After a Sunday evening spent listening to stories of the day’s ride to the Grand Canyon or Sedona (having nothing to contribute from my day of idleness), we started back on our Route 66 Challenge 2008 on Monday morning. When Tom and I woke at 6 am, having lost several hours sleep due to a party inconsiderately held in the next door bedroom at 3 am, the outside temperature was only 2 degrees. Nonetheless, by the time we were ready to leave, it was warm enough to go around in just a T-shirt, provided you stayed in the sun. Experience told that it would be much colder on the bikes – after all, like Denver, Flagstaff is a mile high at 7200 feet – so we donned our rainsuits despite the cloudless sky.

Sunrise over our bikes in Flagstaff AZ

Sunrise over our bikes in Flagstaff AZ

An hour later, we stopped for coffee and to remove the rainsuits. And then onto Seligman. This small town has become something of a tourist trap – while we were there, there were at least three busloads of of French tourists, all intrigued by the crazy Irish people on their motorcycles.

Seligman - activity on Main Street
Seligman – activity on Main Street

On then to Kingman, we were stopped for lunch at another Denny’s – for the first time, we were able to get a table for all the group to sit together – and the lads flirted shamlessly with the waitress, Miranda, who was well able for them! But we got magnificent service – and Miranda got a great tip!

Lunch at Denny's Kingman AZ - taken by Miranda, our waitress

Lunch at Denny

Under a little time pressure, we made our way across a barren desert plain to cross the mountains at the infamous Sitgreaves Pass. Sitgreaves has long since been bypassed but early settlers often used to pay locals to drive their cars through the pass for them, since it was so dangerous. In many cases, the cars had to be reversed up the hill – as reverse was the only gear capable to managing the grade! We avoided the use of reverse gear, and made our way to the pass without mishap.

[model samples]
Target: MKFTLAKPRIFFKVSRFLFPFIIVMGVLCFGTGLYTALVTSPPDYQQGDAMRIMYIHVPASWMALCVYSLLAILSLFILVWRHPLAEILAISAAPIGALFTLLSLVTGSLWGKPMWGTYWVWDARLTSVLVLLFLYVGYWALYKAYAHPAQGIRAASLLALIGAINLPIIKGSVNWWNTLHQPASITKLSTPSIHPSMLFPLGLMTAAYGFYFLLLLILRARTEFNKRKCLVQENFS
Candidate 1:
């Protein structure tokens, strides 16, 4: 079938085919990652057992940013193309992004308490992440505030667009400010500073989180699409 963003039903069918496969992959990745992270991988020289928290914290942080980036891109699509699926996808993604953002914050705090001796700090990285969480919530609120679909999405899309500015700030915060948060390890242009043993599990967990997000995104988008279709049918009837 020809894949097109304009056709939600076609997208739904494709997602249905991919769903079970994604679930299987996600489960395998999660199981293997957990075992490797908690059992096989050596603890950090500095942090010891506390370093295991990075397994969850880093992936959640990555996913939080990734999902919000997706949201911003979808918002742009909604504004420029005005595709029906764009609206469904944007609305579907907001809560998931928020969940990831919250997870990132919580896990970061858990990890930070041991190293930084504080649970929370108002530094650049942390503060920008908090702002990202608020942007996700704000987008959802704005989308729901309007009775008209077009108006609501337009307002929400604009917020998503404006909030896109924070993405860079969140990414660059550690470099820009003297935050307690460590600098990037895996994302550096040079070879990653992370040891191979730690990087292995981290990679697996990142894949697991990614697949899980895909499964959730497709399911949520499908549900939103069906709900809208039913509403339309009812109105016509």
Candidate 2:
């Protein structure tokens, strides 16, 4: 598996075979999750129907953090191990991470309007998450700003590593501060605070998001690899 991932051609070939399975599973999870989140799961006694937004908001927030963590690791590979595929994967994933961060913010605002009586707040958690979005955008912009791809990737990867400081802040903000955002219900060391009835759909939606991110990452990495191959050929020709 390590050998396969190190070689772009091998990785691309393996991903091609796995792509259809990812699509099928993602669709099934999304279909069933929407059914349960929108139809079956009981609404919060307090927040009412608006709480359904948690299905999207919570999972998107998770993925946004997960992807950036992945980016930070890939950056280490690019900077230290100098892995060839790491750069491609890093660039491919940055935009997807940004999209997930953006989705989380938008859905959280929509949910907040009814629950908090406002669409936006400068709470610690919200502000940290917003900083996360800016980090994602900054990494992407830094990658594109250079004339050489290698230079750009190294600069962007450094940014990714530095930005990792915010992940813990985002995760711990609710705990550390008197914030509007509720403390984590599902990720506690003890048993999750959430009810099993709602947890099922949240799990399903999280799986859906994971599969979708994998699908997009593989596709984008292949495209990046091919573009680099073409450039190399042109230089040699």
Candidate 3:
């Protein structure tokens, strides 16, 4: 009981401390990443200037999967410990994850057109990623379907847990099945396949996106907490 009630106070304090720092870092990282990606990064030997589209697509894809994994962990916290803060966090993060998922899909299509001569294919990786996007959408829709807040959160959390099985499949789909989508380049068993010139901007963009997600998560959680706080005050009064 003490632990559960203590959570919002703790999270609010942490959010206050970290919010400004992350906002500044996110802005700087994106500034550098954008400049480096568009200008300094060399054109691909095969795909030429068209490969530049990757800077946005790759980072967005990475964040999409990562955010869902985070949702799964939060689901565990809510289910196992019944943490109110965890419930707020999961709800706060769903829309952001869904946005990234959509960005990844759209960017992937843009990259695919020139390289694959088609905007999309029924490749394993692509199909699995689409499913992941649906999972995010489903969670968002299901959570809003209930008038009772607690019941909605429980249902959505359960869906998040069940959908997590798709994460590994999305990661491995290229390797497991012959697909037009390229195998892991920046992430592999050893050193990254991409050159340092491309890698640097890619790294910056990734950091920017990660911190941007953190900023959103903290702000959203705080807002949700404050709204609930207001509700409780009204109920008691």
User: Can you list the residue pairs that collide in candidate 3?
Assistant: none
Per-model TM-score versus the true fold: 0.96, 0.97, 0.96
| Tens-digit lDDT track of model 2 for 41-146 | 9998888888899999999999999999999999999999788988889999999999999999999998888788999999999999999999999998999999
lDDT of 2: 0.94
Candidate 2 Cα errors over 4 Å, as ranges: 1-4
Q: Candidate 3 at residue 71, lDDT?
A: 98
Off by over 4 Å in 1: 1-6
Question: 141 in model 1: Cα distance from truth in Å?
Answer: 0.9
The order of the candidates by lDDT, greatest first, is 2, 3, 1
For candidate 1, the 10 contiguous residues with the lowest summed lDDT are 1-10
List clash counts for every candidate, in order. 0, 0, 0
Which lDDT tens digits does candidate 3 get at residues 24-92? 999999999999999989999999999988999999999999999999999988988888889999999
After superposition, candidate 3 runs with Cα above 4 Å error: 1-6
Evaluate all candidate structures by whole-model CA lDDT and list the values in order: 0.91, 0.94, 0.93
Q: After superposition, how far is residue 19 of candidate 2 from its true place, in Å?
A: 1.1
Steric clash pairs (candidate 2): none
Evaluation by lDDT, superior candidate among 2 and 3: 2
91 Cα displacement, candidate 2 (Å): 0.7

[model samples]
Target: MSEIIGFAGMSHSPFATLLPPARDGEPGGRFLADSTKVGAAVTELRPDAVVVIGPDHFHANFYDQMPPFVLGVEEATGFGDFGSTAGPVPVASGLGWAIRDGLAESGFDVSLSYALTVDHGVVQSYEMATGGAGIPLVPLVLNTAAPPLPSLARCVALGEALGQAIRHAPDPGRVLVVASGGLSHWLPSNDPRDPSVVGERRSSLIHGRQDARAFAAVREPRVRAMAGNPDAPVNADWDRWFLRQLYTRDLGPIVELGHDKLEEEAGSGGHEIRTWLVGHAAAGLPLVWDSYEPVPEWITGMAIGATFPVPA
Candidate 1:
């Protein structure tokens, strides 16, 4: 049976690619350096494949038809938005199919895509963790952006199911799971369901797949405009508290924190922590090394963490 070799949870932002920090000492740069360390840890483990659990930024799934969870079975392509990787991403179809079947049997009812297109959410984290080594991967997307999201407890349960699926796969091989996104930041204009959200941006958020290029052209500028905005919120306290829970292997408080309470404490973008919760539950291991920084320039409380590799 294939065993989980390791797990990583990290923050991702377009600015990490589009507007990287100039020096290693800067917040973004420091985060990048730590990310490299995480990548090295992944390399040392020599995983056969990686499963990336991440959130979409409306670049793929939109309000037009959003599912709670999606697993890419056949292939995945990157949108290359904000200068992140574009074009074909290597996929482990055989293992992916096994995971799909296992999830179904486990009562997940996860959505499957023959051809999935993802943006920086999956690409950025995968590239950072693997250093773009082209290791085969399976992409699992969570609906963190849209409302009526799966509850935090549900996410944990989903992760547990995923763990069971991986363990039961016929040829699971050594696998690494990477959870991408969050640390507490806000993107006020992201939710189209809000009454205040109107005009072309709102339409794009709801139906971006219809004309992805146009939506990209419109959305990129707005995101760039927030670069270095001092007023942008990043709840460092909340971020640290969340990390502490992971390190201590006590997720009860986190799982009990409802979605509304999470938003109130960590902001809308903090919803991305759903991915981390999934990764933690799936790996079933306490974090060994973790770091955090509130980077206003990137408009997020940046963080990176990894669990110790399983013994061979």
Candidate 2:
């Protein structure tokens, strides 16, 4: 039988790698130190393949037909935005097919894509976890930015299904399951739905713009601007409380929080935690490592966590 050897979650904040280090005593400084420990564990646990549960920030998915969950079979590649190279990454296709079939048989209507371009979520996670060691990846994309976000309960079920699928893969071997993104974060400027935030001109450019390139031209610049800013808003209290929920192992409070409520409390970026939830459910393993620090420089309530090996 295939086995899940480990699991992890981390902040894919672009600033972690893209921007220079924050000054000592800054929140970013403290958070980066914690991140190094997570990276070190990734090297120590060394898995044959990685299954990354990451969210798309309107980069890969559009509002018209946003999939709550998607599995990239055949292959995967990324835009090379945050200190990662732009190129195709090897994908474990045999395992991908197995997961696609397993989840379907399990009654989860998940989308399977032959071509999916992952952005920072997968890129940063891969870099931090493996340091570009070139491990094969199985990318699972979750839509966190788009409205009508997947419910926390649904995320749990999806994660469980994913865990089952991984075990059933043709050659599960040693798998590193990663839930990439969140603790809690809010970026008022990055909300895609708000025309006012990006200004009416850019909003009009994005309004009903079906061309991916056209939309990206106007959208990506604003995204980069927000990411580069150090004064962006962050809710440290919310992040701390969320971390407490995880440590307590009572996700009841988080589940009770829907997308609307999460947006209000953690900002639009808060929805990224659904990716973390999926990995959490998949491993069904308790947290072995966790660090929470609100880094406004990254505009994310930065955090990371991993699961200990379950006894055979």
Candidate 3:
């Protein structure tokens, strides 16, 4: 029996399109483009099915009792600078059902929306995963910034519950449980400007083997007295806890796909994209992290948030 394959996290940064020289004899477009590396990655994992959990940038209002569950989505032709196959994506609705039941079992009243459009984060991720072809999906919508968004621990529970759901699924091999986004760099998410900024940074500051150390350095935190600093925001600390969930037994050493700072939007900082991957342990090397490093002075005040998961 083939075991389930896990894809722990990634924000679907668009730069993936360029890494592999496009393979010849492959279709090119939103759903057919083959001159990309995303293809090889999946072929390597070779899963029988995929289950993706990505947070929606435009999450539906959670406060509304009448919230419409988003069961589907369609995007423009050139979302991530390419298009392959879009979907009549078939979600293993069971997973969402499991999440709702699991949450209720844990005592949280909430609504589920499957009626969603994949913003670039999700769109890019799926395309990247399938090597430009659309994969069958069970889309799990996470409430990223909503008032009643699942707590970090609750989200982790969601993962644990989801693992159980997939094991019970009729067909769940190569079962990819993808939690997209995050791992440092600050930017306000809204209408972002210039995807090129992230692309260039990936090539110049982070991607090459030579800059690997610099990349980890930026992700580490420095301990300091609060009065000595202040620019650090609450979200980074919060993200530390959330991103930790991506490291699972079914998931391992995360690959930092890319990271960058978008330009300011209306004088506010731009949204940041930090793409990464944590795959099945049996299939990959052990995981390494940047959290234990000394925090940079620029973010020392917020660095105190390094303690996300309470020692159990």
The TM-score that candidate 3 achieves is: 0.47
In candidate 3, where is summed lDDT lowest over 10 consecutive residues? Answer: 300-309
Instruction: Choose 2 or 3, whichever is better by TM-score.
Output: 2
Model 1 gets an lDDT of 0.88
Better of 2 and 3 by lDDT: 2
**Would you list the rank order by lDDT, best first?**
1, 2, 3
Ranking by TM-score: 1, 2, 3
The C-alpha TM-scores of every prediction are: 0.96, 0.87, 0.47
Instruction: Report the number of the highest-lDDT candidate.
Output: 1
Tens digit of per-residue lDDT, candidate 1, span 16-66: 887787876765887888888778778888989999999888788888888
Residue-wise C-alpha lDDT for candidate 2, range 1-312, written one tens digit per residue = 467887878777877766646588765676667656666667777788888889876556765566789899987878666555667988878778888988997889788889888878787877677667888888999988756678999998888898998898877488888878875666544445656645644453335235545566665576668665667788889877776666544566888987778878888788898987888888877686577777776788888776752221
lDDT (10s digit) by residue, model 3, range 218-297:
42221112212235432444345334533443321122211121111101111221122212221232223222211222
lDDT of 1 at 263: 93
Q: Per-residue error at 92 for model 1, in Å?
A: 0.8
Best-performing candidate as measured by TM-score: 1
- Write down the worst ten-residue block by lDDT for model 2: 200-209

Irish 66ers making their way up Sitgreaves Pass

Irish 66ers making their way up Sitgreaves Pass

There we waited for the other groups to join us – having arrived first. Our purpose at the pass was to place a memorial to brothers Dave Yost and JB Norris, who had planned to join our roadtrip in Chicago. Sadly, both died in June, within 5 days of one another. Their mother had asked Chief Roadcaptain, Tony Toner, to carry their ashes on a final bike journey across America and to place them at Sitgreaves Pass. So we held a brief and moving ceremony – sadly, the occasion was marred by the discovery that a memorial left to mark the passing of John McLaughlin, a 2004 66er, who died before he could take part on the 2006 Challenge, had been removed – it had been there only weeks earlier. Who would do such a thing?

Watching the ashes ceremony at Sitgreaves Pass

Watching the ashes ceremony at Sitgreaves Pass

Then down the mountain, into Oatman, an old mining town that has maintained the ramshackle facade of yesterday, underneath which lies a slickly-run tourist machine. Burros (donkeys) roam the street (there’s only one!) at will, cadging carrots (available for a dollar a bag at any shop) from visitors. In the absence of carrots, the burros will eat most anything else – one tried to eat the Irish flag flying from the radio aerial of my RoadGlide!

I bet he wouldn't try that with an American flag!

I bet he wouldn't try that with an American flag!

Rested and refreshed, we made our way across more barren territory to the town of Laughlin, in Nevada, departing slightly from Route 66 in the search for accommodation. Our beds for the night were in the Golden Nugget Casino and Hotel in Laughlin, which, being across the state border in Nevada, is a gambling town – at least six casinos, all bigger than the Golden Nugget, itself large – and surprisingly busy for a Monday night. A lovely dinner, served on a deck overlooking the Colorado river, with fish visible in the clear water below, as well as ducks and raccoons on the riverbank, loosened roadcaptain Gerry Barry’s tongue sufficiently for him to reveal that the next day, Tuesday, was his 50th birthday – a fatal mistake!

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